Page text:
Wednesday, April 21, 2010

Worship Leaders: Imitate William Gadsby and Charles Spurgeon

"Remember your leaders, those who spoke to you the word of God. Consider the outcome of their way of life, and imitate their faith." -Hebrews 13:7

In the time span of over 50 years two hymnbooks were published in the 19th century. William Gadsby published his hymnbook, now known as Gadsby’s Hymns, in 1814 (and later in 1838) and Charles Spurgeon published his hymnbook, known as Our Own Hymn-book, in 1866. Both men compiled these hymnbooks in a very comparable fashion and I think it is worth our time to find out why and imitate their example.

While both men have many admirable qualities that would be beneficial for Christians to study and emulate, I want to focus on the strikingly similar pastoral concern that both men had for their congregations concerning the worship of God through singing. From reading the preface of each hymnbook we discover the reasons why Gadsby and Spurgeon made the effort to compile their hymnbooks in the first place. I want to take a look at what reasons both of these men gave in their own words and see how we might benefit as worship leaders by imitating these two great men of faith.

Gadsby’s Reasons

When Gadsby became the pastor of his church they had already been established in singing hymns from Watts, Hart, and from Rippon’s Selection. He writes, “Though some of these hymns are big with the important truths of God, there are others…which give as legal a sound as if they had been forged at a certain foundry. This was one reason which induced me to publish a selection. Another was, we had three editions of Hart’s Hymns amongst us, either differently arranged or differently paged; so that when any of those hymns were given out, one part of the congregation was unable to find them. These circumstances, together with a desire in my own breast and the express wish of others to have a selection of hymns in one book free from Arminianism, and sound in the faith, that the church might be edified and God glorified, were what induced me to attempt this work.”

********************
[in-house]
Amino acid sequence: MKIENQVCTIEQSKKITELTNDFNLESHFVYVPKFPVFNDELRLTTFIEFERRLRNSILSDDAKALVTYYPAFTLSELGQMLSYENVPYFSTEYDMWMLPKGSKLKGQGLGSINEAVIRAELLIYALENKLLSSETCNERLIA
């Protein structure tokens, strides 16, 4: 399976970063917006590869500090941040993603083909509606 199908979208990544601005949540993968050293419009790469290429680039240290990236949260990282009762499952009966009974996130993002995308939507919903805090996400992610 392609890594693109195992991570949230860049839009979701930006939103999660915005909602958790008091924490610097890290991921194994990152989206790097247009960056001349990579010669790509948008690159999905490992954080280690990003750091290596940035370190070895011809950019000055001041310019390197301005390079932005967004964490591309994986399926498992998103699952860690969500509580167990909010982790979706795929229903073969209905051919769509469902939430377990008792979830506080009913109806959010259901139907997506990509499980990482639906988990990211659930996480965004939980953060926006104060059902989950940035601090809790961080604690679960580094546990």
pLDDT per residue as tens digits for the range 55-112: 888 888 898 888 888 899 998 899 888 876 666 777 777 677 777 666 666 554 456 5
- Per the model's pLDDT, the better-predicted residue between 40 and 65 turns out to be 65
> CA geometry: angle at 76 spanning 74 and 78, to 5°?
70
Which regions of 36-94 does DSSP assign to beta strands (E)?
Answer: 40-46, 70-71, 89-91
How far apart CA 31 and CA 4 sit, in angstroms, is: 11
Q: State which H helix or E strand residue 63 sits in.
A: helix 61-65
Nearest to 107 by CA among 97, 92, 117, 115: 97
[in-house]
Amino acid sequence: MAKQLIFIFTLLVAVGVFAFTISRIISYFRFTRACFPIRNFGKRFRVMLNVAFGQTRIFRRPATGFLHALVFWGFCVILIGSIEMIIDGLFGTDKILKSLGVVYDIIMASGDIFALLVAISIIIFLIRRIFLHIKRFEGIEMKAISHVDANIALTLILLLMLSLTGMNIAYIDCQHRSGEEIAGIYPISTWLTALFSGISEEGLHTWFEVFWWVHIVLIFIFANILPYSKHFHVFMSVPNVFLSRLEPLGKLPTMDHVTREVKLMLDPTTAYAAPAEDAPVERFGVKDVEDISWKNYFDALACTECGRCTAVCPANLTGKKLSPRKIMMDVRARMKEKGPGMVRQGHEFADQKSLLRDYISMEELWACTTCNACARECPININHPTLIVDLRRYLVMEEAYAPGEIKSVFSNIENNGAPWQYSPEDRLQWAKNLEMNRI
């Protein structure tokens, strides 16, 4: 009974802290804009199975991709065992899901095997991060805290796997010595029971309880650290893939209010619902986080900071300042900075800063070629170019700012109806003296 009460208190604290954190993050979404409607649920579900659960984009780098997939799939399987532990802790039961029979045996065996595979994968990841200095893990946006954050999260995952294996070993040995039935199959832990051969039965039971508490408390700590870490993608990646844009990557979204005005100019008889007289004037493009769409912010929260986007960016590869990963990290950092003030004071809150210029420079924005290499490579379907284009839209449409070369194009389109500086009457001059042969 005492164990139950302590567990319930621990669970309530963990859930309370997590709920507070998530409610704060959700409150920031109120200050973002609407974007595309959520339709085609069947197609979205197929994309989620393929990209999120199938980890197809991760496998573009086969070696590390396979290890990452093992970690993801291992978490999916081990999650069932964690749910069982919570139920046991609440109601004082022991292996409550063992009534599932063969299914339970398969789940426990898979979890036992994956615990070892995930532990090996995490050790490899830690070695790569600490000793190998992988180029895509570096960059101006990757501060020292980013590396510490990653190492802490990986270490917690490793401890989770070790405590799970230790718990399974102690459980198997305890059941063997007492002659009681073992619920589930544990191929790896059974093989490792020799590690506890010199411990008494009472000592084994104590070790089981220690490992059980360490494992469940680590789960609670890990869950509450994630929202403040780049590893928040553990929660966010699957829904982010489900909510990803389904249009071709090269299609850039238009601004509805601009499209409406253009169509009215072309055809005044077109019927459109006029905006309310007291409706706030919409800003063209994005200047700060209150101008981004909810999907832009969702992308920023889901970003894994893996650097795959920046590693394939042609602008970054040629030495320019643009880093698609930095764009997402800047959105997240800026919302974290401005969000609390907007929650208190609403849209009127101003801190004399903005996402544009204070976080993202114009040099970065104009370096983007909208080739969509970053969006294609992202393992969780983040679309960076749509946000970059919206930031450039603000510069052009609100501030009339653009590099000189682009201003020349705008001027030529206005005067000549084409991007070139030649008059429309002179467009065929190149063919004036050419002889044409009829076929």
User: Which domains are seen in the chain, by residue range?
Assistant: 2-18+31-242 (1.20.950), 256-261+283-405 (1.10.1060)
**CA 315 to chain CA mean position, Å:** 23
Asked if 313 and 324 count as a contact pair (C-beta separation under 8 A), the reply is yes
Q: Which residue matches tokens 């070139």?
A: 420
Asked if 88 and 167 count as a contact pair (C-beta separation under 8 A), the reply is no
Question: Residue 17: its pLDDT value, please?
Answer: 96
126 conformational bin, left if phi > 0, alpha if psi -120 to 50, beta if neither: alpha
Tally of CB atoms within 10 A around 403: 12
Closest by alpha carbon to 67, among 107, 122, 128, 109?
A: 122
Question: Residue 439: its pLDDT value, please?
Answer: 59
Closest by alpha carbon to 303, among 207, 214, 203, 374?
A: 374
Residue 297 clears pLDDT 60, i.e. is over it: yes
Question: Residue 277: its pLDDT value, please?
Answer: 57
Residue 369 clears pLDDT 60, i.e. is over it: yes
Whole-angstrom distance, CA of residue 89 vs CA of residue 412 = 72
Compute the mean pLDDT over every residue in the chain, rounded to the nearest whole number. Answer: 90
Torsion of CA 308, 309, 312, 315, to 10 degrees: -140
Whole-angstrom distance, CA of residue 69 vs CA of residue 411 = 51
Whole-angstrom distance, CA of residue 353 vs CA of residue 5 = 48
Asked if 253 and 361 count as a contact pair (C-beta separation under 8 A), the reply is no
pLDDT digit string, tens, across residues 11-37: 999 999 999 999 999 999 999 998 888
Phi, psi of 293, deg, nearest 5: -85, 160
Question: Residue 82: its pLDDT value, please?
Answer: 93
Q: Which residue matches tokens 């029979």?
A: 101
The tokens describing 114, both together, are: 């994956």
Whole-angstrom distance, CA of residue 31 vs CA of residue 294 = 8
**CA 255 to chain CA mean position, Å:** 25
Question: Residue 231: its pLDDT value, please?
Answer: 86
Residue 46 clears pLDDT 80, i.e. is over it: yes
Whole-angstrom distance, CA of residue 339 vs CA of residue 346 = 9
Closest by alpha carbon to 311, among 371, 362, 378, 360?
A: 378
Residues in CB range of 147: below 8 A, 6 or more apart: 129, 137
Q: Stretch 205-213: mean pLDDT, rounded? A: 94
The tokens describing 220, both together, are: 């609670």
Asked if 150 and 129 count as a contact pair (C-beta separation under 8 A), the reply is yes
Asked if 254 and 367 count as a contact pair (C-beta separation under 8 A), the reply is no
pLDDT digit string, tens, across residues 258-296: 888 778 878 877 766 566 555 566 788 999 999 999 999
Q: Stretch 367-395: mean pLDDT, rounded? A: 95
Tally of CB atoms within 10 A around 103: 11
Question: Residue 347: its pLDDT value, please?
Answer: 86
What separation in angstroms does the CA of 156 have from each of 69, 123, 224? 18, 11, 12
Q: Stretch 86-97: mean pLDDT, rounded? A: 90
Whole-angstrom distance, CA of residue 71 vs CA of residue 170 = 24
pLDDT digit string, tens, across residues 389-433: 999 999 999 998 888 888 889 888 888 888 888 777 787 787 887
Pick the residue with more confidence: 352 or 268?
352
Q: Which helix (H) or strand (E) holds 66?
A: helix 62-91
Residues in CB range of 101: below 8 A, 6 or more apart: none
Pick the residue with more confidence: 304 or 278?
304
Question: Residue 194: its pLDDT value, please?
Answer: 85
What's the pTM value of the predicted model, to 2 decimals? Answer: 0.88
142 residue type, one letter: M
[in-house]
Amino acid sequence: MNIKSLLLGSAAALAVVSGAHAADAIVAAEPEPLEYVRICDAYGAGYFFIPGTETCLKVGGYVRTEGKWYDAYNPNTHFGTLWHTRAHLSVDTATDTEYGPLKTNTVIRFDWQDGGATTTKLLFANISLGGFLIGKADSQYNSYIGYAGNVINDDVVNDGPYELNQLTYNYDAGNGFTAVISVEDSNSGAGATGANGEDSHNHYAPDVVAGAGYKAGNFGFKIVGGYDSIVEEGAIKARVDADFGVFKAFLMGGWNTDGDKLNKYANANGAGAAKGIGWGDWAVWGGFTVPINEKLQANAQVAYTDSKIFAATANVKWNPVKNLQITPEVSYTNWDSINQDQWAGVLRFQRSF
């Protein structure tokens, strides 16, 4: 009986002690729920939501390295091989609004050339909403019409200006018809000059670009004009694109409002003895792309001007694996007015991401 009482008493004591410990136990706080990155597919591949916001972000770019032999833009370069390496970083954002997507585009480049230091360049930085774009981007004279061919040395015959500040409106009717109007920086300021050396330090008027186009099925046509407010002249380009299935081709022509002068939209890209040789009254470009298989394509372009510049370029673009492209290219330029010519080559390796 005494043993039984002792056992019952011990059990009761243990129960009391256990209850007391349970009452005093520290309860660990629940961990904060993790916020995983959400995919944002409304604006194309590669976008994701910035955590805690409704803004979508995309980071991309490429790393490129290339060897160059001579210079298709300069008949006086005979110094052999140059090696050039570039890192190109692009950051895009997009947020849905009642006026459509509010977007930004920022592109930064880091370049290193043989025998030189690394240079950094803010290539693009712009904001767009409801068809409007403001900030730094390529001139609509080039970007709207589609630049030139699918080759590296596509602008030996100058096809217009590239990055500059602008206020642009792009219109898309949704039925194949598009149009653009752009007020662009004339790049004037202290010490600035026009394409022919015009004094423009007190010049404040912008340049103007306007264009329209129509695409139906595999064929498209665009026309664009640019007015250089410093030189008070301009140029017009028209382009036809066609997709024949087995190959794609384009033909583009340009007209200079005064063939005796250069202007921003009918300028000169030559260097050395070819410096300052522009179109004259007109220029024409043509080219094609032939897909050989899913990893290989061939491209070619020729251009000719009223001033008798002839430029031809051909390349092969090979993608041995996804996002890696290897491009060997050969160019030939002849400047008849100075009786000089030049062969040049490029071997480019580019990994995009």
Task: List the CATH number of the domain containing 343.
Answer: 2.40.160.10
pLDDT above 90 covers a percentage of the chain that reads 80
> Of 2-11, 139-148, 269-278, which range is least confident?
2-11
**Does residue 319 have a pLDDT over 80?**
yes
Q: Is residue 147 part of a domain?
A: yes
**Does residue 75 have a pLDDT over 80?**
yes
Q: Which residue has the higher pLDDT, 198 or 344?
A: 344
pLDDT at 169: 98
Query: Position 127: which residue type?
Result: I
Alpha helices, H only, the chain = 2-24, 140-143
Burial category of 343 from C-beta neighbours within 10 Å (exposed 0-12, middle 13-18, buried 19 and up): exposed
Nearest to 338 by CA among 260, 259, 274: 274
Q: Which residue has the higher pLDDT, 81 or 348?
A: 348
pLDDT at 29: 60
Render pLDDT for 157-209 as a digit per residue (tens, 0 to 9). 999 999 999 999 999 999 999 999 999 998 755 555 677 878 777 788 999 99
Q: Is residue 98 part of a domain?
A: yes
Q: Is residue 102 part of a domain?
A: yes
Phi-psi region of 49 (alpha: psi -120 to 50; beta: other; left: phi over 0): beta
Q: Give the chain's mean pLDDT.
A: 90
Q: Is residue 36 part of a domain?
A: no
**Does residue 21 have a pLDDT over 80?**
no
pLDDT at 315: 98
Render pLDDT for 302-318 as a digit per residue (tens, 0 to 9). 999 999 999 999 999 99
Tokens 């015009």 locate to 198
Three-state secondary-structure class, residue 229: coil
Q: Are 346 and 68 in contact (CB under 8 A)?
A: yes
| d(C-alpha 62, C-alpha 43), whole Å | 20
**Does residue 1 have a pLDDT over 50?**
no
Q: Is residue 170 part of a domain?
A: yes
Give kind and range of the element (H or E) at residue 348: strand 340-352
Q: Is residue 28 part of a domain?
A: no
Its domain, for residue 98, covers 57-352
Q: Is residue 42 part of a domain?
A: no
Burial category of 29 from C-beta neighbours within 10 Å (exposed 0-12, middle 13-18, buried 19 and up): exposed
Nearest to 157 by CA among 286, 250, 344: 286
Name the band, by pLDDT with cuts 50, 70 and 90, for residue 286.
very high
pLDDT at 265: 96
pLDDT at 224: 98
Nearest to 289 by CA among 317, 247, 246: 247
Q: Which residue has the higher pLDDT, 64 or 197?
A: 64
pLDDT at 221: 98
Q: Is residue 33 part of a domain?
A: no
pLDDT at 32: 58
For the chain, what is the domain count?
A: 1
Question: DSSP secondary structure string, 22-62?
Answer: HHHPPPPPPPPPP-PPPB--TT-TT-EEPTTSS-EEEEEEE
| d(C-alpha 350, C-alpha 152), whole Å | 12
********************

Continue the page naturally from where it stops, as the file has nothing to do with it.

(For Gadsby's Preface click here)

Spurgeon’s Reasons

Spurgeon wrote a bit more about why he felt it necessary to compile a hymnbook but we can gather his primary motives through the following excerpts:

“Our congregation has long used two hymn-books [Watts and Rippon]…and we should most probably have been very well content with those books had it not been for difficulties connected with the remarkably complex arrangement of their content. To strangers it was no small task to discover the hymn selected for singing; for, in the first place, there were two books, which was in itself an evil; but the matter was made far worse by the fact that these two volumes were each a puzzle to the uninstructed…We felt that such ought not to be the state of our service of song.”

“None of the collections already published are exactly what our congregation needs, or we would have cheerfully adopted one of them…Our congregation has distinctive features which are not suited to every compilation, not indeed by any known to us.”

“Subjects frequently passed over or pushed into a corner are here made conspicuously the themes of song; such, for instance, as the great doctrines of sovereign grace, the personal Advent of our Lord, and especially the sweetness of present communion with Him.”
(For Spurgeon’s Preface click here)

Concern for Order, Unity and Intelligibility

Both men laud the efforts of the likes of Dr. Watts’ and Dr. Rippon’s collections but they understood that the way in which their congregations used these wonderful resources hindered worship greatly. The collections were contained in multiple volumes and editions which lead to endless page-flipping and book switching after every song. Various editions of the same hymnbook would produce confusion as to which hymn number the congregation was going to be singing and certain verses might be laid out in a different order or omitted altogether.

The lack of a uniform means of presenting songs no doubt led to an improperly ordered service. The lack of participation due to these reasons led to disunity. Both of which led to unintelligibility of praises. Spurgeon writes, “The providence of God brings very many new hearers within the walls of our place of worship, and many a time we have marked their futile researches, and pitied the looks of despair with which they have given up all hope of finding the hymns, and so of joining intelligently in our words of praise.”

These men saw a problem and out of their concern for congregational order, unity and intelligibility they produced a hymnbook which accomplished all three. Not only did this solution edify the church, but it also broke down unnecessary barriers to unbelievers who might visit.

Concern for Sound Doctrine

It is apparent that both men had a deep concern for their congregations to have a steady diet of sound doctrine in their hymns. Gadsby introduces his hymnbook with Psalm 47:7 “sing ye praises with understanding.” Both men were aware of the educational impact of hymns and sought to squelch shoddy theology and emphasize that which is good. Spurgeon made it a priority to not only include doctrinal songs but to highlight them and push them to the forefront of congregational singing. Gadsby, a true Strict Baptist of his time and a man of stronger backbone than most today, found it necessary to not only emphasize sound doctrine, but to make sure his collection was devoid of Arminian theology. Here both men are truly acting like Shepherds for their congregation; guarding, tending and feeding all at the same time.

Concern for Their Flock